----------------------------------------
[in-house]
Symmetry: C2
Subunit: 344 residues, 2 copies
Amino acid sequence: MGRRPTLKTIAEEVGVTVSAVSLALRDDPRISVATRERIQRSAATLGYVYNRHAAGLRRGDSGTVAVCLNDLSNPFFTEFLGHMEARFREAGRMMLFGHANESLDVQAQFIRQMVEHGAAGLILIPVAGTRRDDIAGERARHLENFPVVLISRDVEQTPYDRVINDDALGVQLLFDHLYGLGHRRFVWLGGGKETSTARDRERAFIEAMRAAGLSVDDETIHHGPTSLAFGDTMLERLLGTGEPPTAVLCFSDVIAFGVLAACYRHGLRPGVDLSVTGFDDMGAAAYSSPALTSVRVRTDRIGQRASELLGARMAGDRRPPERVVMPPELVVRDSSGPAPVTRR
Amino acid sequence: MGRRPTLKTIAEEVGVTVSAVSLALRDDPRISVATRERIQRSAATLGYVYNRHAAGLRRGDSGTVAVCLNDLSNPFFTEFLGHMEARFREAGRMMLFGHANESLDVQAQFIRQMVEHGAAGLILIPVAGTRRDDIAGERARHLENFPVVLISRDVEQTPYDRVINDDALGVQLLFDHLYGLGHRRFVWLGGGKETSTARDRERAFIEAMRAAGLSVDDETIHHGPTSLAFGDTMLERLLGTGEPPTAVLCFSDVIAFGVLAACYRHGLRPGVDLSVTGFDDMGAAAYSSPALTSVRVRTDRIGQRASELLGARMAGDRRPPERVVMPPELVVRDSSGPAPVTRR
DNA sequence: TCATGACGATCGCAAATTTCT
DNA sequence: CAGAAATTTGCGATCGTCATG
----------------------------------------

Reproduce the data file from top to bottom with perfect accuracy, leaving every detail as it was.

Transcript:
[in-house]
Symmetry: C2
Subunit: 344 residues, 2 copies
Amino acid sequence: MGRRPTLKTIAEEVGVTVSAVSLALRDDPRISVATRERIQRSAATLGYVYNRHAAGLRRGDSGTVAVCLNDLSNPFFTEFLGHMEARFREAGRMMLFGHANESLDVQAQFIRQMVEHGAAGLILIPVAGTRRDDIAGERARHLENFPVVLISRDVEQTPYDRVINDDALGVQLLFDHLYGLGHRRFVWLGGGKETSTARDRERAFIEAMRAAGLSVDDETIHHGPTSLAFGDTMLERLLGTGEPPTAVLCFSDVIAFGVLAACYRHGLRPGVDLSVTGFDDMGAAAYSSPALTSVRVRTDRIGQRASELLGARMAGDRRPPERVVMPPELVVRDSSGPAPVTRR
Amino acid sequence: MGRRPTLKTIAEEVGVTVSAVSLALRDDPRISVATRERIQRSAATLGYVYNRHAAGLRRGDSGTVAVCLNDLSNPFFTEFLGHMEARFREAGRMMLFGHANESLDVQAQFIRQMVEHGAAGLILIPVAGTRRDDIAGERARHLENFPVVLISRDVEQTPYDRVINDDALGVQLLFDHLYGLGHRRFVWLGGGKETSTARDRERAFIEAMRAAGLSVDDETIHHGPTSLAFGDTMLERLLGTGEPPTAVLCFSDVIAFGVLAACYRHGLRPGVDLSVTGFDDMGAAAYSSPALTSVRVRTDRIGQRASELLGARMAGDRRPPERVVMPPELVVRDSSGPAPVTRR
DNA sequence: TCATGACGATCGCAAATTTCT
DNA sequence: CAGAAATTTGCGATCGTCATG